are often not a significant factor in student
    planning they are intertwined with other
    factors that include family responsibilities,
    academic performance/need for upgrading and
    social/cultural factors.

14
 Barriers to Post-Secondary Education
Those who planned to attend PSE or were attending
PSE were asked about barriers they face.
  • Financial barriers alone were not those most
    frequently cited. Financial issues were often
    linked with other issues.
  • Need to care for children (or, less frequently,
    other family members).
  • Need for more academic preparation including
    lack of prerequisites, grades too low, lack of
    skills.
  • Relocating and consequent isolation, loneliness,
    loss of community, culture shock.
  • Among those who had stopped attending PSE before
    completing a degree/diploma, financial barriers
    were noted in returning to college/universitypart
    icularly for those caring for children.

15
How First Nations Youth Find Out about Methods of
Paying for PSE
  • Family and friends including those who had
    attended college or university themselves.
  • Lower degree of parental involvement many youth
    are first in their immediate family to plan to
    attend PSE.
  • Less frequent use of formal methods of getting
    information (such as advisors, counsellors) due
    to lack of confidence or to the distance from
    information centres.
  • Far less frequent personal use of Internet,
    particularly in more remote communities.

16
Awareness and Usage of Types of Student Financial
Assistance
  • A high degree of awareness of band funding
    (federal funds flowing through First Nations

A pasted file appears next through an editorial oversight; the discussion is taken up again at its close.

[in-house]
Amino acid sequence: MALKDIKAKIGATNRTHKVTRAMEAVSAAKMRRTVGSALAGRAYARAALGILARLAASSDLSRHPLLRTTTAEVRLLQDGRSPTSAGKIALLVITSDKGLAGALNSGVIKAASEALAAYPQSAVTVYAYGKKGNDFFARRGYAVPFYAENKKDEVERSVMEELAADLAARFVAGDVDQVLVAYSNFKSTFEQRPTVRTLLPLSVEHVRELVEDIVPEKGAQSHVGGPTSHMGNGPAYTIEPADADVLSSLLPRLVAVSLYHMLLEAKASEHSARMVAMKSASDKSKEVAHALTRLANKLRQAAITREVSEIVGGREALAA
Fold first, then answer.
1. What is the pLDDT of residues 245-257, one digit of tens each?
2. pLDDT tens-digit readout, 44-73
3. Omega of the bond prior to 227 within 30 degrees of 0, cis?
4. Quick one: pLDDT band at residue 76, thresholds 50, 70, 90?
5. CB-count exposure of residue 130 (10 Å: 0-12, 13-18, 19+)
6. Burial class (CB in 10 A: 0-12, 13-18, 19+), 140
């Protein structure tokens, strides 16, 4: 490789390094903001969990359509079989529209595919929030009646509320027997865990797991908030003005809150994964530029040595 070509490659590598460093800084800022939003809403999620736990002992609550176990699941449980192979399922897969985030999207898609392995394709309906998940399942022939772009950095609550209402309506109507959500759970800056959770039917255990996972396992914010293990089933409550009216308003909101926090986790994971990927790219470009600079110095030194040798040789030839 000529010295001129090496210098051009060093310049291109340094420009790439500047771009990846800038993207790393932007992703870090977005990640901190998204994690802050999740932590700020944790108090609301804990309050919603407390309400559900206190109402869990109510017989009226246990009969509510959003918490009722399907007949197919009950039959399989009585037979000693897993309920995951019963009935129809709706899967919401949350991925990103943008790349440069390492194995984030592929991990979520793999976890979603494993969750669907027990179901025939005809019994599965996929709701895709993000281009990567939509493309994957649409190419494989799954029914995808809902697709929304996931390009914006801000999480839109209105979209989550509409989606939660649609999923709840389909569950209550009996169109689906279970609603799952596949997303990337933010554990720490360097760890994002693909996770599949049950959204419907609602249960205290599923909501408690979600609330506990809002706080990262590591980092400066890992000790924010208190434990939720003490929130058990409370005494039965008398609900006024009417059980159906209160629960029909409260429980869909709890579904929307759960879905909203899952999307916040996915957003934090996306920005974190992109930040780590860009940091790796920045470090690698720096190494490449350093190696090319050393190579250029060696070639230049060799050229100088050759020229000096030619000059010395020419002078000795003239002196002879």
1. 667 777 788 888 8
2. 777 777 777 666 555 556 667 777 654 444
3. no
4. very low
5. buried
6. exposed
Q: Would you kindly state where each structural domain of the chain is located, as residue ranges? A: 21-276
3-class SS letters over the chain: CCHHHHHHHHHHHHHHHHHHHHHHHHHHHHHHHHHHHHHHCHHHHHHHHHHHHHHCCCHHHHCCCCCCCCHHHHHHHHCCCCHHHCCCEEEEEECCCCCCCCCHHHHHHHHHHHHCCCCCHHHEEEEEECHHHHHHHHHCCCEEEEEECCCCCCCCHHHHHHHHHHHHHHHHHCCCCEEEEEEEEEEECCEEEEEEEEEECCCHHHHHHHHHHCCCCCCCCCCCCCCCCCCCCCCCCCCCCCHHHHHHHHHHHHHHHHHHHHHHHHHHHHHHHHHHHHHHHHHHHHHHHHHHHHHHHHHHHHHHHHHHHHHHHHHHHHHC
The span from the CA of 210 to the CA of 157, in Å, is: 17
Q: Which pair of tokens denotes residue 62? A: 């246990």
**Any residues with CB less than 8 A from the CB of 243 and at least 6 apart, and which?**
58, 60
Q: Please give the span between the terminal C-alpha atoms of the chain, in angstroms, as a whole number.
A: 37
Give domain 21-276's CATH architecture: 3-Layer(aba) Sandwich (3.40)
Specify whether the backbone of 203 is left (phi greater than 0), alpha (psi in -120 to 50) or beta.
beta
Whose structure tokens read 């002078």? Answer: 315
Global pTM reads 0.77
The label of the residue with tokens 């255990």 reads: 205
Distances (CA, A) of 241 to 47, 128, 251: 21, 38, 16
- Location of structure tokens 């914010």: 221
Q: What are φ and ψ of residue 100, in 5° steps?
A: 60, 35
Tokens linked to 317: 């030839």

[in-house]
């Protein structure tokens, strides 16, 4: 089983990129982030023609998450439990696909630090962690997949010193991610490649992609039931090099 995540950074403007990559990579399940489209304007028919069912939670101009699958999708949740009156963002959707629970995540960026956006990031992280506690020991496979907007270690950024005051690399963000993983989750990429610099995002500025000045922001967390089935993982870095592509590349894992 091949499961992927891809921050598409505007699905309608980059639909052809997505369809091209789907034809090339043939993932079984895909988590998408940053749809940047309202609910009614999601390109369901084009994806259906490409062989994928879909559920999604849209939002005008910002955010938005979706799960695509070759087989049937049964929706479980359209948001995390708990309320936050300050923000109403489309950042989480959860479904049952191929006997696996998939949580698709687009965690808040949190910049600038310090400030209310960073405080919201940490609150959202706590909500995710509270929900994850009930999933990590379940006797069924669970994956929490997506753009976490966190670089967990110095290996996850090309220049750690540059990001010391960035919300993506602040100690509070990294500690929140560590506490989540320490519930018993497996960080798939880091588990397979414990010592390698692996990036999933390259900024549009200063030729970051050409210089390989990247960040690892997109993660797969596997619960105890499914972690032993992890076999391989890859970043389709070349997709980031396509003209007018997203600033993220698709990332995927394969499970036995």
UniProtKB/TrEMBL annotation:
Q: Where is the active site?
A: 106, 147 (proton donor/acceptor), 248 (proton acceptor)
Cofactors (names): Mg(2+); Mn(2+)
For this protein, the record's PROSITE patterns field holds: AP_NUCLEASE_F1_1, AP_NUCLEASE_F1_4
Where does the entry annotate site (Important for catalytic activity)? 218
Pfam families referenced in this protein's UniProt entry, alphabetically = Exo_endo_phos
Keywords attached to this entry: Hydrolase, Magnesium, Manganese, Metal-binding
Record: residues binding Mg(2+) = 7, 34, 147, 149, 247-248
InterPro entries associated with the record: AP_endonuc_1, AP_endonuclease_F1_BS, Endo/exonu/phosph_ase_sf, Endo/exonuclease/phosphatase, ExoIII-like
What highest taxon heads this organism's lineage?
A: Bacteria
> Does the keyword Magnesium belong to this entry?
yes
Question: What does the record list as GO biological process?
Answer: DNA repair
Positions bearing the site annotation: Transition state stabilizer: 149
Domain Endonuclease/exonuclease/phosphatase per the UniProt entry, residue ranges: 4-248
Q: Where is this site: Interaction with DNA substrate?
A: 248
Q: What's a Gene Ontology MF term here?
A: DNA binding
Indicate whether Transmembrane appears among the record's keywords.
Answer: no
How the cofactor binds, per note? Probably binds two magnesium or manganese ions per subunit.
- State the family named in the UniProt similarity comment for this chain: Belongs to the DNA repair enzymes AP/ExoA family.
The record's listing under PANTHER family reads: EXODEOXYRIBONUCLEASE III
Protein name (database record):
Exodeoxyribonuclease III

bands). It was the most commonly used and
    expected form of funding. But, there is a general
    over-expectation that it will be available.
  • There was considerably less awareness
    demonstrated about other methods
  • Student loans are sometimes a top-up combined
    with band funding.
  • Scholarships for First Nations youth are often
    under-used .

As First Nations youth are often attending PSE
after being out of school system for a few years,
it is more difficult for them to obtain
information about student funding and financial
assistance.
17
Reasons for Limited Awareness of other Forms of
Funding
Youth often assume that band funding will be
automatically available, and that it, alone, will
be sufficient to cover their costs of attending
PSE. Band funding is a grant, not a loan, so you
th associated with a First Nation have less
interest in other funding vehicles.
I never really took the time to look in to
student loans or scholarships. I thought that
because band funding was my right that the money
would be there. But it wasnt like that. -
First Nations PSE student
18
Double-bind for First Nations Youth Living
Off-Reserve and Non-Status First Nations Youth
Some First Nations youth living off-reserve or
who do not have their Status noted a
double-bind
  • Often not connected to information on band
    funding or unable to access band funding
  • Incorrectly assumed to have information on, or
    awareness of, other forms of assistance

On the reserve it is different. Here in the
city it seems they expect you to already know
about certain things. But if you are the first
person in your family to graduate and try to go
to university, where do you know these things
from? - First Nations PSE
student
19
Awareness Increases Once Students are in College
or University
While awareness of band funding generally
predates preparing to attend PSE, often awareness
of other forms of assistance does not. Students
become more aware of their funding options once
they become part of the PSE system.
I really didnt know that much when I started
university. I just sort of learned along the
way.
- First Nations PSE student
20
Additional Reasons for Limited Awareness of other
Forms of Funding
  • Youth living in more rural/remote areas are